Fifty middle school students will convene on the TCU campus next week to learn about the privileges and responsibilities of citizenship in a free civics camp. TCU is only the second university to host the iEngage Summer Civics Institute, which is funded by a grant from the Hatton W. Sumners Foundation and by TCU’s College of Education. Campers will include students entering grades 6-9 at Daggett Montessori, McLean Sixth Grade, McLean Middle School and other schools in the Fort Worth area.
Camp Director and Associate Professor Michelle Bauml applied for a joint grant with Baylor University to start the camp at TCU in 2016. She modeled curriculum and activities after the Baylor camp, which started in 2013.
iEngage is designed to help middle school students learn how to make a difference in their neighborhood, school and community. Campers build important leadership skills through interactions with local civic leaders, simulations and group projects. Camp activities include a visit to Fort Worth City Hall, visiting with elected officials, researching local community issues and playing digital iCivics games. During the camp, students develop an advocacy project and website for a community issue they research and discuss, which they will present to family and community members. Examples of 2016 iEngage student projects may be found here.
The TCU iEngage camp enlists the help of TCU students and local middle school teachers to help guide students and the activities. In addition to completing advocacy projects, campers play iCivics games developed by the Sandra Day O’Connor Institute. Campers will visit Fort Worth City Hall to hear Mayor Betsy Price speak and will hear from many community leaders throughout the week.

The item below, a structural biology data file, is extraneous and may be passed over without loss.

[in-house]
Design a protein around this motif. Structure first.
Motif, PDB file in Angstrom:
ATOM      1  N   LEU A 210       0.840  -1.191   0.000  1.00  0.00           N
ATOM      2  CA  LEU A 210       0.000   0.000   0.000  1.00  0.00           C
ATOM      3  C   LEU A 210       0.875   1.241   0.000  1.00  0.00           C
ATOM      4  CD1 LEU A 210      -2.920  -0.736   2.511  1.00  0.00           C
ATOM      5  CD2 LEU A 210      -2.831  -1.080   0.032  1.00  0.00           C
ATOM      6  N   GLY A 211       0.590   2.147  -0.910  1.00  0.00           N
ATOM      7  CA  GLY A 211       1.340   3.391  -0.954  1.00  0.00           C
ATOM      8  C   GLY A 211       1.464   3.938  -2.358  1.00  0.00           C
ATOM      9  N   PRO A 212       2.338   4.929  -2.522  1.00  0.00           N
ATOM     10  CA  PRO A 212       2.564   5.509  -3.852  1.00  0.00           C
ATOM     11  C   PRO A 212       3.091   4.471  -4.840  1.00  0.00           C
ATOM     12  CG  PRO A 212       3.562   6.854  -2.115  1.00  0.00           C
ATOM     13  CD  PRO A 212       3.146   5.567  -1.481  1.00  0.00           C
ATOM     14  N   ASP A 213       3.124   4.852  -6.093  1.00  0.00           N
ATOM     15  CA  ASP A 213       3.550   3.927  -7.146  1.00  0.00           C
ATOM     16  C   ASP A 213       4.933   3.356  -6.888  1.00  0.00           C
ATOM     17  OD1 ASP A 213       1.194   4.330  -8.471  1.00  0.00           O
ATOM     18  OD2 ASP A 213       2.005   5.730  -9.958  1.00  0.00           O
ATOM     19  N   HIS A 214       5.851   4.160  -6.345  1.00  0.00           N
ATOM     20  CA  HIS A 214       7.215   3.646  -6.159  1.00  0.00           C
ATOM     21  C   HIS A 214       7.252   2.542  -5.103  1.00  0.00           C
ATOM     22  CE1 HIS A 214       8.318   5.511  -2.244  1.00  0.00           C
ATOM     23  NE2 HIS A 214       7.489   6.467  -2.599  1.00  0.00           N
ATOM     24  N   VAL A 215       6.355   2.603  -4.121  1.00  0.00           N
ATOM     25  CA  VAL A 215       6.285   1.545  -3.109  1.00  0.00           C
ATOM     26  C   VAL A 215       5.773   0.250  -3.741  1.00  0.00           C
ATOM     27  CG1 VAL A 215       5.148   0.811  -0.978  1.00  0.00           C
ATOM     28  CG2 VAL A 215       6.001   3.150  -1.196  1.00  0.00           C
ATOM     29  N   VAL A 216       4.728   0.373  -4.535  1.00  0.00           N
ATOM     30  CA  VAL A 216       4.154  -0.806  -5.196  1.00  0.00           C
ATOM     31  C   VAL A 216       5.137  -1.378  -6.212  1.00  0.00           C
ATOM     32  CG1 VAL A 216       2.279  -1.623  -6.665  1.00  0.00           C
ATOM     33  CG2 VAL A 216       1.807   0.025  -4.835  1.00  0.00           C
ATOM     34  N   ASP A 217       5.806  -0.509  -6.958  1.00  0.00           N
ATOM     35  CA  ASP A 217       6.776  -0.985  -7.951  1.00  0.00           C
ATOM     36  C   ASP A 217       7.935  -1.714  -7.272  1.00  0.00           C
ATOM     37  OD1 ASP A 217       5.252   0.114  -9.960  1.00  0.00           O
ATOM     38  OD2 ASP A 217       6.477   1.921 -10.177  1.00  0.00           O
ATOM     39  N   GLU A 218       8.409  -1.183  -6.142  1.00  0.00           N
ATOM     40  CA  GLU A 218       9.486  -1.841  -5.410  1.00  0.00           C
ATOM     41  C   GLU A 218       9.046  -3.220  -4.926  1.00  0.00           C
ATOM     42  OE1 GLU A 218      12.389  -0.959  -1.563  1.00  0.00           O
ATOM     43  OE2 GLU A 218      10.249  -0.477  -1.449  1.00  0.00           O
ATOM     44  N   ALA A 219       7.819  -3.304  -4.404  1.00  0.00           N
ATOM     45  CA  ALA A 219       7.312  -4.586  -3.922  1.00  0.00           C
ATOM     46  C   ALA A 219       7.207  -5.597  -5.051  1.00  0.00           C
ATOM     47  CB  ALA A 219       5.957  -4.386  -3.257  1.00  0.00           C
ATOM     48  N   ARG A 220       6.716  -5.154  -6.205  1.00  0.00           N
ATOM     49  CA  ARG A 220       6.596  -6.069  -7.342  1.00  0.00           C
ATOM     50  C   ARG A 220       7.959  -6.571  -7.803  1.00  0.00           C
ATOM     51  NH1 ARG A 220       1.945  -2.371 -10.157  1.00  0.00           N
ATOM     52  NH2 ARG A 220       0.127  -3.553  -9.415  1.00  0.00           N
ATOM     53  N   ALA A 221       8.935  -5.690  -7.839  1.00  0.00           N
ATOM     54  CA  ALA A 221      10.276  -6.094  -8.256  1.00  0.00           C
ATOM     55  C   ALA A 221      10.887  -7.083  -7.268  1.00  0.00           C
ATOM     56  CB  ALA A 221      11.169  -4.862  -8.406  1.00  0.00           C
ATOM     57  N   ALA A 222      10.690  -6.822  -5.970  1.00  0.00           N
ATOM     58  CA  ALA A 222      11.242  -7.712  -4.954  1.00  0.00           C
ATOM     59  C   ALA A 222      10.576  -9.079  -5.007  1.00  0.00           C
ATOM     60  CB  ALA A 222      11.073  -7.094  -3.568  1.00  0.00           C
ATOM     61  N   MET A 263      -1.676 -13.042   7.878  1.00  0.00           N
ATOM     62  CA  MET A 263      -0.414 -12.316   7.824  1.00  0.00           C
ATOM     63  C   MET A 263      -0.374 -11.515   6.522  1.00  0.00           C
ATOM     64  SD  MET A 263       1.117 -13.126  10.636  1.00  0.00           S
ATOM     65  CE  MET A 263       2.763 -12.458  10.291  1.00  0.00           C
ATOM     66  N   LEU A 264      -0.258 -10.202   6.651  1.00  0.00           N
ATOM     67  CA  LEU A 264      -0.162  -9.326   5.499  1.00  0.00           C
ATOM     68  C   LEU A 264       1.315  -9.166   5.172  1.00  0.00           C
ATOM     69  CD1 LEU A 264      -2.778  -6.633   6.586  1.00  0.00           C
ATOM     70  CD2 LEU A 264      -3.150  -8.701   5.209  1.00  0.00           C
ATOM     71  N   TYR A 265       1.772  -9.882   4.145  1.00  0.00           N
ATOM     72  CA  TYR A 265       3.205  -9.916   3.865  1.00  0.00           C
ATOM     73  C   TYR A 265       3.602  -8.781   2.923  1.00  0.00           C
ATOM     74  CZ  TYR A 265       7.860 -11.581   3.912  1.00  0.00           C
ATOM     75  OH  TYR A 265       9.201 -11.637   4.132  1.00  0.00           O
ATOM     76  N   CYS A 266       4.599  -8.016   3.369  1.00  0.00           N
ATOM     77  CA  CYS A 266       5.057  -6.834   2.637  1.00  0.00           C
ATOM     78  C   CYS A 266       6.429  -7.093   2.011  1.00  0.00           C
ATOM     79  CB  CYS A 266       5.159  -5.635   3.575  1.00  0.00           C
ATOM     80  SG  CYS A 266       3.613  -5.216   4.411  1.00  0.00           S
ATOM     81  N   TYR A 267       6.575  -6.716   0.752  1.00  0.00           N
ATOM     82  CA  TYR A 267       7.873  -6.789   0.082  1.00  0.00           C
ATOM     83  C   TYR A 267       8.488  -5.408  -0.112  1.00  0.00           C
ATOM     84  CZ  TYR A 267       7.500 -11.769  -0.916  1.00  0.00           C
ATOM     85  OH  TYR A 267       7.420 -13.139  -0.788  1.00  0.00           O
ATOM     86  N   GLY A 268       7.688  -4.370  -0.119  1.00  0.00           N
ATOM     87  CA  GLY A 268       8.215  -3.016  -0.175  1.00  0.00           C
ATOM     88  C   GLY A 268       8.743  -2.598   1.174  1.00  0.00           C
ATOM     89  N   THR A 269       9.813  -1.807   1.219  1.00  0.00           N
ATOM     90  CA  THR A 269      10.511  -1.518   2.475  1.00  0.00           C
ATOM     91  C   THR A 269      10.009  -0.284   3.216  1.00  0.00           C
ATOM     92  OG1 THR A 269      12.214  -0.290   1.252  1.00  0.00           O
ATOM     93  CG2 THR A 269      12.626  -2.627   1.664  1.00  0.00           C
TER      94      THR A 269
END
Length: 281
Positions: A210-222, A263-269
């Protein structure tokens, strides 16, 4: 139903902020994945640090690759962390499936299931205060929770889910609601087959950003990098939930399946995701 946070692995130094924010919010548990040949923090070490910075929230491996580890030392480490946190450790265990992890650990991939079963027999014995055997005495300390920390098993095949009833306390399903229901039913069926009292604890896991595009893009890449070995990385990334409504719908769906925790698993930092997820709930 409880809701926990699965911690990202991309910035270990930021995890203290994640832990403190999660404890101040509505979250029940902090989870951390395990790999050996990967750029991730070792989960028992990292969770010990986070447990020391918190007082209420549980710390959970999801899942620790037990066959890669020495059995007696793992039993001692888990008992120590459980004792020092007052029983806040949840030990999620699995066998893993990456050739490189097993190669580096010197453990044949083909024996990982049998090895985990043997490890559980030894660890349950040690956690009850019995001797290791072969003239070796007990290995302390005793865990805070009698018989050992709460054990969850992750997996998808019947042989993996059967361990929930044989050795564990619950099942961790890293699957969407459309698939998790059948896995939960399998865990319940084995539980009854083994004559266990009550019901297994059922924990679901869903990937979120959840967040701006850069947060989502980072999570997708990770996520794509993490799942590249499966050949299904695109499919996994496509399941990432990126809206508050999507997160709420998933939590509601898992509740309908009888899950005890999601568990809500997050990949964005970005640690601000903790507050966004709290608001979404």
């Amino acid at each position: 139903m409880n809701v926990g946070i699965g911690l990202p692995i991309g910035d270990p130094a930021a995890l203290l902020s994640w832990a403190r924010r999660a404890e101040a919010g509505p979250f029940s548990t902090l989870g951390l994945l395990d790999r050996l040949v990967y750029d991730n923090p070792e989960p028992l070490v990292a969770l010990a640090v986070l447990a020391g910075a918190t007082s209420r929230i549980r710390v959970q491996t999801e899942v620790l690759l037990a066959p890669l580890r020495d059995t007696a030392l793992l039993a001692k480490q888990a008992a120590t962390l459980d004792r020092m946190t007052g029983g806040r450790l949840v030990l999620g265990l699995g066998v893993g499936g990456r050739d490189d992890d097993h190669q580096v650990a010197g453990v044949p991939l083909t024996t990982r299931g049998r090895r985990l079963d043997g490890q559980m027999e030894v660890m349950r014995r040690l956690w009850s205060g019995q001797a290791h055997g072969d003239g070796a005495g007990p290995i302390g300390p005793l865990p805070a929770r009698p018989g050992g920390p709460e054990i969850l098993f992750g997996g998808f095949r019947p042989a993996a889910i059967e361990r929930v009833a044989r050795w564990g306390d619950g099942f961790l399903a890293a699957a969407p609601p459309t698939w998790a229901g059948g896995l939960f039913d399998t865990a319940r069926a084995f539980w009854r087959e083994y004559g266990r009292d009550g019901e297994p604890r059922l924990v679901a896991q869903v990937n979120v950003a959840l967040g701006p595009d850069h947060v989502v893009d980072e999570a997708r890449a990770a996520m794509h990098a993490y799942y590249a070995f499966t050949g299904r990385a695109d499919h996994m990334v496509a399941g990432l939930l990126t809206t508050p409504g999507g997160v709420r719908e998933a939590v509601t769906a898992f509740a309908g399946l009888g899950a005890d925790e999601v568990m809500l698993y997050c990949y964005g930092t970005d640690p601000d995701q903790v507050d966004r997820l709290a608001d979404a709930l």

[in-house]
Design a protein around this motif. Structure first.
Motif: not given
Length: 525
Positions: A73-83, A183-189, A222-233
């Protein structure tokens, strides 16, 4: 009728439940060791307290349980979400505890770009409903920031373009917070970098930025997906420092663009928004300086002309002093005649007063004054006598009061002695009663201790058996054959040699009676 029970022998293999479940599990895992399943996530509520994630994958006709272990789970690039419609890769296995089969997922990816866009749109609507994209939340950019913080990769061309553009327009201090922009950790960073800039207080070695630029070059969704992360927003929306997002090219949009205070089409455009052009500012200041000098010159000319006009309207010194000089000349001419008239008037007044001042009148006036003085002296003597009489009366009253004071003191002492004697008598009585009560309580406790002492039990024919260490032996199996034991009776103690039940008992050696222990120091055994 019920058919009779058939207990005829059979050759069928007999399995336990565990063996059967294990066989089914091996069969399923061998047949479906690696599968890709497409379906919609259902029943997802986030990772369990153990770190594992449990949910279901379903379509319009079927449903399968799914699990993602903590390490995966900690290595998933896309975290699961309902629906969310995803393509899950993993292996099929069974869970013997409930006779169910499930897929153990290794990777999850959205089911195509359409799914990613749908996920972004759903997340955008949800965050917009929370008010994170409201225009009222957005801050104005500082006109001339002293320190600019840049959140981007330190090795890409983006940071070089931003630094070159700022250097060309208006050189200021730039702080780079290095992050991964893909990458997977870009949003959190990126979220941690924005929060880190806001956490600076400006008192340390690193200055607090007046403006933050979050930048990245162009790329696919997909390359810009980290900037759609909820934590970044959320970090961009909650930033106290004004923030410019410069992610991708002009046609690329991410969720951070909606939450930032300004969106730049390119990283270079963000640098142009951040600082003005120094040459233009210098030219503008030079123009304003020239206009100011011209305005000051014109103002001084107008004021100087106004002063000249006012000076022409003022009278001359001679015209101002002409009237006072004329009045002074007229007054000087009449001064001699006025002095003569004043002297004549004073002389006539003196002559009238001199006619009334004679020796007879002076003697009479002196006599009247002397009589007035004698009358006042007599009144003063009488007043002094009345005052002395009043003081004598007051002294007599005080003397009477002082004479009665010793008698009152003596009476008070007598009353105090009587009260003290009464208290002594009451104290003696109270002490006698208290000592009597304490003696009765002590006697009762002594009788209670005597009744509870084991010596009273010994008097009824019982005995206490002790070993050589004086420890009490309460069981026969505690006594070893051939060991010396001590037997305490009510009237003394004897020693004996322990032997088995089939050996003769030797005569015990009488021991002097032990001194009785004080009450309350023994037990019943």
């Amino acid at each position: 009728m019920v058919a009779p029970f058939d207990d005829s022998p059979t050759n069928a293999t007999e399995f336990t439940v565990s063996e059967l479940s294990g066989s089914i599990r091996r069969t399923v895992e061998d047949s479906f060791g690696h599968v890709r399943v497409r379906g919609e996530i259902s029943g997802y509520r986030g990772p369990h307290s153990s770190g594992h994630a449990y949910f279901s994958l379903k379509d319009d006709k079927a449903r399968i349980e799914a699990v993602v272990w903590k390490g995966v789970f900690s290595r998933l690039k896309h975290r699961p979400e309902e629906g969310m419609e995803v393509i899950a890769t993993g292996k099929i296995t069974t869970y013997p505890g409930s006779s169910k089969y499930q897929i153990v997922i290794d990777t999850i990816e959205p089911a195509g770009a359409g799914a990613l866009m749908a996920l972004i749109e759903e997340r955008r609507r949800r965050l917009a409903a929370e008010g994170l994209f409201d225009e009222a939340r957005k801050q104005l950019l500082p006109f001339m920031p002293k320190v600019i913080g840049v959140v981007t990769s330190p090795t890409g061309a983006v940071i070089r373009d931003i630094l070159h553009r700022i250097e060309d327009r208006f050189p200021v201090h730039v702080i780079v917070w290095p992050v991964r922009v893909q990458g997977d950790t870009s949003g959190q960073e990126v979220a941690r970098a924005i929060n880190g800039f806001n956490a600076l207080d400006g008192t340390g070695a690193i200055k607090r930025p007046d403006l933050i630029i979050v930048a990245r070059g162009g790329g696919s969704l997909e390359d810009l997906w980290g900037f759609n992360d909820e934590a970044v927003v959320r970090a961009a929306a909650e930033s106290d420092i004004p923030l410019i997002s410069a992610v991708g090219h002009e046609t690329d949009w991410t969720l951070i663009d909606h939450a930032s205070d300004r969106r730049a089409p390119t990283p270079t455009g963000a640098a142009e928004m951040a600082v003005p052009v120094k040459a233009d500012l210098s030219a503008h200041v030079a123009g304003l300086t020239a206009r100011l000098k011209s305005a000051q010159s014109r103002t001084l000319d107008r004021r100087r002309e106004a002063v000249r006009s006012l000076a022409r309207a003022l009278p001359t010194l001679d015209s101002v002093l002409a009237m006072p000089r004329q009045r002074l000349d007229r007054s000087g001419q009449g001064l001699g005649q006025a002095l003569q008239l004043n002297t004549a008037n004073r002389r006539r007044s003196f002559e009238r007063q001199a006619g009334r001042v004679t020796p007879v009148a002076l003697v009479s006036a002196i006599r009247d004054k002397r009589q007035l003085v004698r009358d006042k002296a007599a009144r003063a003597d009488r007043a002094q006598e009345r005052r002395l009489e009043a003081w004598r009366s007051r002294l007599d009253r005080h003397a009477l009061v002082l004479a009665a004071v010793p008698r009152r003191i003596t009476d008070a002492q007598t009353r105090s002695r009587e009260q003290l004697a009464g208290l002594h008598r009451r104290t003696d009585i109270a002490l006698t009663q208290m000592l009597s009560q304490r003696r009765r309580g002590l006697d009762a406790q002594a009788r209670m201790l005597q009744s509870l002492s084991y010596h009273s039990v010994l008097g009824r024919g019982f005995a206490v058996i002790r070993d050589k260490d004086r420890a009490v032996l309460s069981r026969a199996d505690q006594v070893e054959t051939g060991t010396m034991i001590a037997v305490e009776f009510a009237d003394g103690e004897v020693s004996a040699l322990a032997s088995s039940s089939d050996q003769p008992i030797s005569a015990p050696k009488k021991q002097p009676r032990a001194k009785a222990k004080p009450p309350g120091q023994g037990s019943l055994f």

Both the iEngage camps at TCU and Baylor will include a new activity this year, developed by Baylor and based on the “Shark Tank” TV show. Campers select advocacy topics in groups, conduct research and create a multimedia presentation. This year the groups will complete the additional shark tank activity and pitch their topic to a panel of community leaders.
“The sharks will ask questions, give feedback and hopefully get campers thinking on another level about how to address advocacy issues,” Bauml said. “We feel that for children at this middle school age, the advocacy project is empowering.”
Bauml has collected data and surveys on how iEngage affects children’s knowledge and attitudes about civic action. She and Baylor professors will co-present research findings at a National Council for the Social Studies conference in November.